- BH+A Launch Seascape Article, December 2019
- Belmar project Press Release, December 2019
- April Banks selection Blog Post, February 2020
- Belmar design Press Release, July 2019
- Email Newsletter, January 2020
- Email Newsletter, February 2020
- Email Newsletter, March 2020
- Santa Monica Public Library Digital Image Archives and Marcus O. Tucker Collection
- Quinn Research Center
- Alfred T. Quinn collection at UCLA Libraries
- Culture Mapping 90404 - 18th Street Art Center
- “White Wash” (film)
- “Walking on Water: A Brief History of Black Surfers” (film)
- Flamming, Douglas. Bound For Freedom: Black Los Angeles in Jim Crow American. Berkeley, CA: University of California Press, 2005.
- Hayden, Delores. Power of Place, Urban Landscapes as Public History. Cambridge, MA: MIT Press, 1997.
- Jefferson, Alison. Living the California Dream: African American Leisure Sites during the Jim Crow Era. Lincoln, NE: University of Nebraska Press, 2020.
- Scott, Paula. Santa Monica: A History on the Edge. Charleston, South Carolina: Arcadia Publishing, 2004.
We are working to build a digital archive of Santa Monica African American history as a part of this project. Stay tuned as we share the development of this archive and how you and your family can participate.
April Banks was raised a vegetarian in the woods of Virginia. She graduated with a Bachelor of Architecture from Hampton University in Virginia in 1996. After migrating west, she obtained a Master of Science in Environmental Design from Art Center College of Design in Pasadena in 1999. She lived in Oakland for 13 years, spent a year living abroad in Colombia, before returning to Los Angeles in 2014. Her unconventional career interwines the worlds of art, design, architecture and social practice. With years of experience designing exhibitions for museums, she understands the challenge of creating public engagement opportunities. As an artist she has developed a style that is visually enticing and thought provoking. By combining the two she develops artwork and design solutions that are memorable multi-sensory experiences. Learn more about April’s work at aprilbanks.com.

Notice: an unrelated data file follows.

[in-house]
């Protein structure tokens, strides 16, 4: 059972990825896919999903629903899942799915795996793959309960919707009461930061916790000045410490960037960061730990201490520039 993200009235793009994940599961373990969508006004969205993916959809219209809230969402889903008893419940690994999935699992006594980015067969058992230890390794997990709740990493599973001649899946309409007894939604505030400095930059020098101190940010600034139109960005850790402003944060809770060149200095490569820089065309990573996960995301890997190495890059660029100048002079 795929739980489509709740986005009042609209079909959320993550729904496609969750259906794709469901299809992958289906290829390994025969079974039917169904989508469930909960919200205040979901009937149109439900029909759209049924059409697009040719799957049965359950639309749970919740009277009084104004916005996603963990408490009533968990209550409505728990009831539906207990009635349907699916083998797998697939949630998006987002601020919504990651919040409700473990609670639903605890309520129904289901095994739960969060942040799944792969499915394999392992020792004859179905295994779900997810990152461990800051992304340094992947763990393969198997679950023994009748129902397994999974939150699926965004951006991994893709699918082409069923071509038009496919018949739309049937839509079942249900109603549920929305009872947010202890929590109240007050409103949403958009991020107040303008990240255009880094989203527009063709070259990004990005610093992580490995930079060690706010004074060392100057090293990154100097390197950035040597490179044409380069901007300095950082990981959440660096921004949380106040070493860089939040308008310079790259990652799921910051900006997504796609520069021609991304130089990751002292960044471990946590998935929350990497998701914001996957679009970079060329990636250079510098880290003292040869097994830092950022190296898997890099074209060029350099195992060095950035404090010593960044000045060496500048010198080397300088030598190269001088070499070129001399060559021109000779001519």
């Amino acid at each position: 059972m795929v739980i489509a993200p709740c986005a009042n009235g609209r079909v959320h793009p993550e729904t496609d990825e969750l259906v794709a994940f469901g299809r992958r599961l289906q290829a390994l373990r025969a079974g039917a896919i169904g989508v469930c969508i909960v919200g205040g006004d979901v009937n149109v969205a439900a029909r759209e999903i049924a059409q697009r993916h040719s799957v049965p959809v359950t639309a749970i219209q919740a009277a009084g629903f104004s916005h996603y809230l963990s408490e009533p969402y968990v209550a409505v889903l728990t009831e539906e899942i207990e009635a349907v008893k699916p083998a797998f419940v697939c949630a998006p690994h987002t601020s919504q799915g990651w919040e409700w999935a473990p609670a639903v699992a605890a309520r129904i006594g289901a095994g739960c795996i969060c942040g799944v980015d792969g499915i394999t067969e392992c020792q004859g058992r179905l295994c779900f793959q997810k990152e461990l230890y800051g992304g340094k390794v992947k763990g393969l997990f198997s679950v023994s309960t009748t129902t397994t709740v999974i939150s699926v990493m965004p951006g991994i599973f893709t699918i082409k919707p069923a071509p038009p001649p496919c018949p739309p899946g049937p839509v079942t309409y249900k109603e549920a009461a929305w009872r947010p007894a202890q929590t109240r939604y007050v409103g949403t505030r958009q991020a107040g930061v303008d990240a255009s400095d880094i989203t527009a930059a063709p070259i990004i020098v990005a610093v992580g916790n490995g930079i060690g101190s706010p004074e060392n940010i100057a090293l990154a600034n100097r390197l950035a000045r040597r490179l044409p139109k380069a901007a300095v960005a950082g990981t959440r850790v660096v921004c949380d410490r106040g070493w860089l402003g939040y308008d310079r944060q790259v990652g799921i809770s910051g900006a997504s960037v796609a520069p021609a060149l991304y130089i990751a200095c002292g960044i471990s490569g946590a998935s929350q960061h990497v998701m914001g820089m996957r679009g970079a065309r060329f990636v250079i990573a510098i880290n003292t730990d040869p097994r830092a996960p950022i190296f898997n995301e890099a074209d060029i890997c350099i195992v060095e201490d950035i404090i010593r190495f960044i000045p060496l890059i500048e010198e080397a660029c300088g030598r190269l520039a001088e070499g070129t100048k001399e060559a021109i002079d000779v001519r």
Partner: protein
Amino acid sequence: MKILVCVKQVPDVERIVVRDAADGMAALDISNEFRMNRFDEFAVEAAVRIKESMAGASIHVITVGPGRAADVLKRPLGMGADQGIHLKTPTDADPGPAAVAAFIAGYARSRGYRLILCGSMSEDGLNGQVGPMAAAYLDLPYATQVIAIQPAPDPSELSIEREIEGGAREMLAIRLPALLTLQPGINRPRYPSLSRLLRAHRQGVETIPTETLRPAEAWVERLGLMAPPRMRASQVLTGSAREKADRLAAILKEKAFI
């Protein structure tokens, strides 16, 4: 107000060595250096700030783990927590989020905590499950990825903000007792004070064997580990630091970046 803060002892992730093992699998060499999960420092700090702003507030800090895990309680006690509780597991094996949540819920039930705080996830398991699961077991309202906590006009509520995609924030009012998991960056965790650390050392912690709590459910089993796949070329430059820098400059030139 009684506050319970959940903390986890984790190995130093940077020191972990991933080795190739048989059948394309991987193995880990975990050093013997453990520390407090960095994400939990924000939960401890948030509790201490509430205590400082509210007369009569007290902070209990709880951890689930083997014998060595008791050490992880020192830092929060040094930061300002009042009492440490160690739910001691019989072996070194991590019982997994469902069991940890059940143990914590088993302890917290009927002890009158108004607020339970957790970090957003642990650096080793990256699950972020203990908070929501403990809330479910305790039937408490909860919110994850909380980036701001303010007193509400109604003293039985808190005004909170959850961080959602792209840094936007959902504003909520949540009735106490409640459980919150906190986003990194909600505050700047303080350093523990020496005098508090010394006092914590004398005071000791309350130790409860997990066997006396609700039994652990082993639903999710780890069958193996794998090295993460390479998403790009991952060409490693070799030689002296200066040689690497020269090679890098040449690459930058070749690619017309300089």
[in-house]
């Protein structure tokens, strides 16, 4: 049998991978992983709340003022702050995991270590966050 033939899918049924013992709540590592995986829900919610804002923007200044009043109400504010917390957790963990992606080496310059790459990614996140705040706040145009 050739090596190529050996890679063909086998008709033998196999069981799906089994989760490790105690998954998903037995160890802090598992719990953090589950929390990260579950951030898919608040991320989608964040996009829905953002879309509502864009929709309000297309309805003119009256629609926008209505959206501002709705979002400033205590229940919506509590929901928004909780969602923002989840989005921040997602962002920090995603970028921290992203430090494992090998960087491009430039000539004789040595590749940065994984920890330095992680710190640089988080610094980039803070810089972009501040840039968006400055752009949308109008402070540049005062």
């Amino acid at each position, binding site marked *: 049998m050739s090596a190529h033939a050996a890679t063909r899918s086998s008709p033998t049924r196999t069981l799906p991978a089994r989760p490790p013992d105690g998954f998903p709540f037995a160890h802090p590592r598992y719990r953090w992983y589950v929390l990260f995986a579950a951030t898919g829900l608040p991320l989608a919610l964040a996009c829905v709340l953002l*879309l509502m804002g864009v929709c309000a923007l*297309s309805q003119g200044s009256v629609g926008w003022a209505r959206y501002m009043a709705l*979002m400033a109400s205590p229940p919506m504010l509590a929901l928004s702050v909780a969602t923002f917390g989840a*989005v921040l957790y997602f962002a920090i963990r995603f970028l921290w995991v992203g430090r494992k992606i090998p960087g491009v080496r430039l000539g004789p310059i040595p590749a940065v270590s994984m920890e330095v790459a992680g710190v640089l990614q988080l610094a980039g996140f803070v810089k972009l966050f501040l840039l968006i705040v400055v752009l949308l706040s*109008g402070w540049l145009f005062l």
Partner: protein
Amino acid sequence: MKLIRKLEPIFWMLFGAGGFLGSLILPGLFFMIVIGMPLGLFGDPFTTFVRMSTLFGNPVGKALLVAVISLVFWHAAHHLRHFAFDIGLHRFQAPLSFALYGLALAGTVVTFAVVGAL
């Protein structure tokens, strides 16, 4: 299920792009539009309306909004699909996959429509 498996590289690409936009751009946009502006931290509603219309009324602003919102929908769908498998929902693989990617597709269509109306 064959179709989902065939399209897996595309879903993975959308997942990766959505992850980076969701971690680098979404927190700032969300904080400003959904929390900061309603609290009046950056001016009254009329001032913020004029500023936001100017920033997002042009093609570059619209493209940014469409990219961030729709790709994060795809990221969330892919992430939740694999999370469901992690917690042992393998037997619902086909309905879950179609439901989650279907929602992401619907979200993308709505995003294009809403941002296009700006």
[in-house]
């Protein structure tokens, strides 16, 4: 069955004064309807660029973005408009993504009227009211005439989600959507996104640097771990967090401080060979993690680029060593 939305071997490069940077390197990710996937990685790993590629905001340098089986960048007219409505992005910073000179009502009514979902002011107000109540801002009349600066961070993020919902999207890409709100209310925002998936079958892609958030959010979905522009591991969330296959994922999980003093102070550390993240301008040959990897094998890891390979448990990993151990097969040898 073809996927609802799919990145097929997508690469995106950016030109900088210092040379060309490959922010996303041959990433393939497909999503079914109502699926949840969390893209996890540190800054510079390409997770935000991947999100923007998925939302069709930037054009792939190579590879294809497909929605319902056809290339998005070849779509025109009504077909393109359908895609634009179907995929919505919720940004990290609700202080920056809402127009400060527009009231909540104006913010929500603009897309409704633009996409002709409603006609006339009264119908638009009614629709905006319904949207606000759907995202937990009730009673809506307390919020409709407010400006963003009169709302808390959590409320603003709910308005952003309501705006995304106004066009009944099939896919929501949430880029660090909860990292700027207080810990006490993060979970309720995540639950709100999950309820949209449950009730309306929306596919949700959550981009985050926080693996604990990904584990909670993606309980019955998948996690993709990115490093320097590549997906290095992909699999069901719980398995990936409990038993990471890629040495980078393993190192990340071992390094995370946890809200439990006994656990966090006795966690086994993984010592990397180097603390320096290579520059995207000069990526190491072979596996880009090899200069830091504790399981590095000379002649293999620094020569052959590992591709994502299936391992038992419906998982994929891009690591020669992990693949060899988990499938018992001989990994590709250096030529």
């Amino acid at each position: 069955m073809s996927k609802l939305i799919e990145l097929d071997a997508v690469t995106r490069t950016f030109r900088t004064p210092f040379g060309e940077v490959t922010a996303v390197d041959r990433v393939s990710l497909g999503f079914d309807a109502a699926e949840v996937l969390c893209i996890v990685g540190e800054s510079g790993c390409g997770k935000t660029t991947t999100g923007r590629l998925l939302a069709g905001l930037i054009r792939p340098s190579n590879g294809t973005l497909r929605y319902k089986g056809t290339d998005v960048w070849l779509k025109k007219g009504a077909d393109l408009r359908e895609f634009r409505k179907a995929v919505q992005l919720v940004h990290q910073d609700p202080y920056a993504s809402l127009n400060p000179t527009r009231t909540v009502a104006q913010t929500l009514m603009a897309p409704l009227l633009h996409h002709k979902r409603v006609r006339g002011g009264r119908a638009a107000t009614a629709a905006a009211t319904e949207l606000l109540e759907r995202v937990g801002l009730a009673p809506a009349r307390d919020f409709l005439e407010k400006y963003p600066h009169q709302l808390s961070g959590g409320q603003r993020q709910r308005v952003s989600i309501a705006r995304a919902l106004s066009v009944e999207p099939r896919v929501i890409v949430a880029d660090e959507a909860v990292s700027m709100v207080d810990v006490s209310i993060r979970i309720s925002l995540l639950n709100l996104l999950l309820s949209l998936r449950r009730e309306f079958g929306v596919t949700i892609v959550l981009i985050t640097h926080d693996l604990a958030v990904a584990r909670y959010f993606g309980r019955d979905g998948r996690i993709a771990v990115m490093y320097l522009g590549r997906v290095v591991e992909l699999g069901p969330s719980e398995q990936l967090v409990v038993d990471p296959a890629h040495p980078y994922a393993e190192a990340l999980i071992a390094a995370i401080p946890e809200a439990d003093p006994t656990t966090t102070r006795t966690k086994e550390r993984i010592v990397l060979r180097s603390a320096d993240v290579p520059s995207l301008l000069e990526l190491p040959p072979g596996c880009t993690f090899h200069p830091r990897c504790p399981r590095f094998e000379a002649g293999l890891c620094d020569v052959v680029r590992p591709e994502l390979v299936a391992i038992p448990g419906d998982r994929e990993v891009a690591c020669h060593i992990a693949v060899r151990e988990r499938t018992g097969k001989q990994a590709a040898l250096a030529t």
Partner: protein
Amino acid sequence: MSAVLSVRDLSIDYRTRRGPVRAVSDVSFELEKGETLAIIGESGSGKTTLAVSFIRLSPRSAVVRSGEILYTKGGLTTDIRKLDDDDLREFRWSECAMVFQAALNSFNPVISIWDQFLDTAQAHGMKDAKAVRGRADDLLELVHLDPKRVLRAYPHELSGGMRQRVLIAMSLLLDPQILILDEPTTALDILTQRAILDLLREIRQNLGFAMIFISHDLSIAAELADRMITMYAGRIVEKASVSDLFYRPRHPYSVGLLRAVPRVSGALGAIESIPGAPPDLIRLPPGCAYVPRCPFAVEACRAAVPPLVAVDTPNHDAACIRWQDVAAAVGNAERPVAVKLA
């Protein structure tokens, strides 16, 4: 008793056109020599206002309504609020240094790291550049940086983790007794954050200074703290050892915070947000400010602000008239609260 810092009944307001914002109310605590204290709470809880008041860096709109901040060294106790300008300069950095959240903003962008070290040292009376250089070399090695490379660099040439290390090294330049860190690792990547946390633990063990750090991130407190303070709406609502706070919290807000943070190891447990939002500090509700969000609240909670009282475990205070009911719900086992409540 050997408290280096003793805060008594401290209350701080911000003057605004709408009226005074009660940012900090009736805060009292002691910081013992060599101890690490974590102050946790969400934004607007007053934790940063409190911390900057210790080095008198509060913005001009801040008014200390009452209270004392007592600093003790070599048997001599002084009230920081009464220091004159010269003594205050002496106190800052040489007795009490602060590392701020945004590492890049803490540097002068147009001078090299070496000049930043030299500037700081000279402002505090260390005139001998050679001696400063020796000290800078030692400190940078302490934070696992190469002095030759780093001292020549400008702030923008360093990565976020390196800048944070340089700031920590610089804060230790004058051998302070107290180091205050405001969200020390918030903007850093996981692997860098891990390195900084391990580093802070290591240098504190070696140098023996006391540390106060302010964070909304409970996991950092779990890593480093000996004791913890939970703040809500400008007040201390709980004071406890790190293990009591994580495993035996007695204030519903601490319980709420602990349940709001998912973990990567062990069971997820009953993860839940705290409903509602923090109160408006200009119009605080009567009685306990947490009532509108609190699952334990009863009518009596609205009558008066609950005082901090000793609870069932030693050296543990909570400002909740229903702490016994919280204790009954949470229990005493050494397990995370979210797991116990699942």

A third generation Californian, Alison Rose Jefferson, M.H.C. | Ph.D. is a historian and heritage conservation consultant. Her research interests explore the intersection of American history and the African American experience in California, historical memory, spatial justice, and cultural tourism, with an aim to engage broad audiences through applied history projects in the struggle for social justice. Her new book, Living the California Dream, African American Leisure Sites during the Jim Crow Era (University of Nebraska Press, 2020) examines the local stories of African Americans, including in Santa Monica, who fought for equal access to California’s recreation and relaxation offerings as they contributed to the broader U.S. freedom rights struggle during the nation’s Jim Crow era (1900s to 1960s). Leisure, was not an optional add-on to civil rights, but an essential component of liberty. Her work has garnered attention in KCET-LA programming, the Los Angeles and New York Times newspapers and other media outlets. Learn more about Dr. Jefferson’s work at alisonrosejefferson.com.